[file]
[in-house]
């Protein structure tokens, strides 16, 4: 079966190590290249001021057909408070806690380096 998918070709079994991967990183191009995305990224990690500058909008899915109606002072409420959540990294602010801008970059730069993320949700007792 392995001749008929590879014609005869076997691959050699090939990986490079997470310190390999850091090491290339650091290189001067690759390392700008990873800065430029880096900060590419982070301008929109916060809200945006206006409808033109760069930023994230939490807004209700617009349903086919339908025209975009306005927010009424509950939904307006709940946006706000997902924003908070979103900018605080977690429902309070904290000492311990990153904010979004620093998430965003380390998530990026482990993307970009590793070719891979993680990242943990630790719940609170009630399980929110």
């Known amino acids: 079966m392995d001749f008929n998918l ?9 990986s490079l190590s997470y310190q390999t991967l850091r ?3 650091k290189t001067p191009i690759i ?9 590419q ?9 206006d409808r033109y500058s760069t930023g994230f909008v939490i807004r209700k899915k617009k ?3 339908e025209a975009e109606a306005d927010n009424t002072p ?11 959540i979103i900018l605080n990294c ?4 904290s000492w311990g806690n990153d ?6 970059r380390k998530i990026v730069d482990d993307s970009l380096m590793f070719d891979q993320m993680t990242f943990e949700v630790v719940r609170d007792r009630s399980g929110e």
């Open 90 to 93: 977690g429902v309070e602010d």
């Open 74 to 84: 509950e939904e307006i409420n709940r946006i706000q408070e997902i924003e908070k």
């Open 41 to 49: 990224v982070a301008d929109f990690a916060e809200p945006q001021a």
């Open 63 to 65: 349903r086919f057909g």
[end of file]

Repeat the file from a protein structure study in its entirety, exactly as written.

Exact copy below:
[in-house]
């Protein structure tokens, strides 16, 4: 079966190590290249001021057909408070806690380096 998918070709079994991967990183191009995305990224990690500058909008899915109606002072409420959540990294602010801008970059730069993320949700007792 392995001749008929590879014609005869076997691959050699090939990986490079997470310190390999850091090491290339650091290189001067690759390392700008990873800065430029880096900060590419982070301008929109916060809200945006206006409808033109760069930023994230939490807004209700617009349903086919339908025209975009306005927010009424509950939904307006709940946006706000997902924003908070979103900018605080977690429902309070904290000492311990990153904010979004620093998430965003380390998530990026482990993307970009590793070719891979993680990242943990630790719940609170009630399980929110």
């Known amino acids: 079966m392995d001749f008929n998918l ?9 990986s490079l190590s997470y310190q390999t991967l850091r ?3 650091k290189t001067p191009i690759i ?9 590419q ?9 206006d409808r033109y500058s760069t930023g994230f909008v939490i807004r209700k899915k617009k ?3 339908e025209a975009e109606a306005d927010n009424t002072p ?11 959540i979103i900018l605080n990294c ?4 904290s000492w311990g806690n990153d ?6 970059r380390k998530i990026v730069d482990d993307s970009l380096m590793f070719d891979q993320m993680t990242f943990e949700v630790v719940r609170d007792r009630s399980g929110e």
């Open 90 to 93: 977690g429902v309070e602010d």
């Open 74 to 84: 509950e939904e307006i409420n709940r946006i706000q408070e997902i924003e908070k």
């Open 41 to 49: 990224v982070a301008d929109f990690a916060e809200p945006q001021a």
């Open 63 to 65: 349903r086919f057909g």